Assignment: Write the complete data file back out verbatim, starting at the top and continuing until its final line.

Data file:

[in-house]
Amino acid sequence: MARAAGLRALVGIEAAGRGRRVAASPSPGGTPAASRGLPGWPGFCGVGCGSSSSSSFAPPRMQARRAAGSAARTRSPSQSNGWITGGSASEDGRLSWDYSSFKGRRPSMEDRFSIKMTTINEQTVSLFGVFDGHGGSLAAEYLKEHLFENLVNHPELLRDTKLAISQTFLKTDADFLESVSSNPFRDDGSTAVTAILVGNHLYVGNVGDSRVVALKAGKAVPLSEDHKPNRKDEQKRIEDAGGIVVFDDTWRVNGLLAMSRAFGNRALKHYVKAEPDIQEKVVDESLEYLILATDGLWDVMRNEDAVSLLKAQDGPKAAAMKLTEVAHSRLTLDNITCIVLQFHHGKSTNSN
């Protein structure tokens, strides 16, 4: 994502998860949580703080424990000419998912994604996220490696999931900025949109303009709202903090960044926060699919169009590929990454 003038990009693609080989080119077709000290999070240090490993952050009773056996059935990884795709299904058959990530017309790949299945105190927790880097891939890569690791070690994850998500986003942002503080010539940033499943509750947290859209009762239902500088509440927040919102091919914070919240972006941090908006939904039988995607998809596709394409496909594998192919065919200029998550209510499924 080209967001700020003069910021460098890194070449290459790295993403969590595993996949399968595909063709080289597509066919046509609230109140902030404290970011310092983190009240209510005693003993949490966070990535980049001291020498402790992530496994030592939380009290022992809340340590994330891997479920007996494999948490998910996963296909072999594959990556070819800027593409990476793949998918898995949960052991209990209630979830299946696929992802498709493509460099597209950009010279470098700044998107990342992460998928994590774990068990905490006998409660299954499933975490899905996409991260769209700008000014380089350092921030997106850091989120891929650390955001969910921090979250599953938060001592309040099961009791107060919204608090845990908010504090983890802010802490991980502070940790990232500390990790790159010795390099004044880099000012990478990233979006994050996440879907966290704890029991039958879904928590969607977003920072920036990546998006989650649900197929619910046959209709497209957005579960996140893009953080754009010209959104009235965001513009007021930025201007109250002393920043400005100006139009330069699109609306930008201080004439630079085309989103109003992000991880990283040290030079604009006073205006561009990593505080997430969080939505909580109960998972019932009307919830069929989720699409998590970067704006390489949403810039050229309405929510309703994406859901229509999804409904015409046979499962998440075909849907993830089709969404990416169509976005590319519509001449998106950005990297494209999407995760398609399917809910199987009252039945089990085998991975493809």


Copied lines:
[in-house]
Amino acid sequence: MARAAGLRALVGIEAAGRGRRVAASPSPGGTPAASRGLPGWPGFCGVGCGSSSSSSFAPPRMQARRAAGSAARTRSPSQSNGWITGGSASEDGRLSWDYSSFKGRRPSMEDRFSIKMTTINEQTVSLFGVFDGHGGSLAAEYLKEHLFENLVNHPELLRDTKLAISQTFLKTDADFLESVSSNPFRDDGSTAVTAILVGNHLYVGNVGDSRVVALKAGKAVPLSEDHKPNRKDEQKRIEDAGGIVVFDDTWRVNGLLAMSRAFGNRALKHYVKAEPDIQEKVVDESLEYLILATDGLWDVMRNEDAVSLLKAQDGPKAAAMKLTEVAHSRLTLDNITCIVLQFHHGKSTNSN
């Protein structure tokens, strides 16, 4: 994502998860949580703080424990000419998912994604996220490696999931900025949109303009709202903090960044926060699919169009590929990454 003038990009693609080989080119077709000290999070240090490993952050009773056996059935990884795709299904058959990530017309790949299945105190927790880097891939890569690791070690994850998500986003942002503080010539940033499943509750947290859209009762239902500088509440927040919102091919914070919240972006941090908006939904039988995607998809596709394409496909594998192919065919200029998550209510499924 080209967001700020003069910021460098890194070449290459790295993403969590595993996949399968595909063709080289597509066919046509609230109140902030404290970011310092983190009240209510005693003993949490966070990535980049001291020498402790992530496994030592939380009290022992809340340590994330891997479920007996494999948490998910996963296909072999594959990556070819800027593409990476793949998918898995949960052991209990209630979830299946696929992802498709493509460099597209950009010279470098700044998107990342992460998928994590774990068990905490006998409660299954499933975490899905996409991260769209700008000014380089350092921030997106850091989120891929650390955001969910921090979250599953938060001592309040099961009791107060919204608090845990908010504090983890802010802490991980502070940790990232500390990790790159010795390099004044880099000012990478990233979006994050996440879907966290704890029991039958879904928590969607977003920072920036990546998006989650649900197929619910046959209709497209957005579960996140893009953080754009010209959104009235965001513009007021930025201007109250002393920043400005100006139009330069699109609306930008201080004439630079085309989103109003992000991880990283040290030079604009006073205006561009990593505080997430969080939505909580109960998972019932009307919830069929989720699409998590970067704006390489949403810039050229309405929510309703994406859901229509999804409904015409046979499962998440075909849907993830089709969404990416169509976005590319519509001449998106950005990297494209999407995760398609399917809910199987009252039945089990085998991975493809």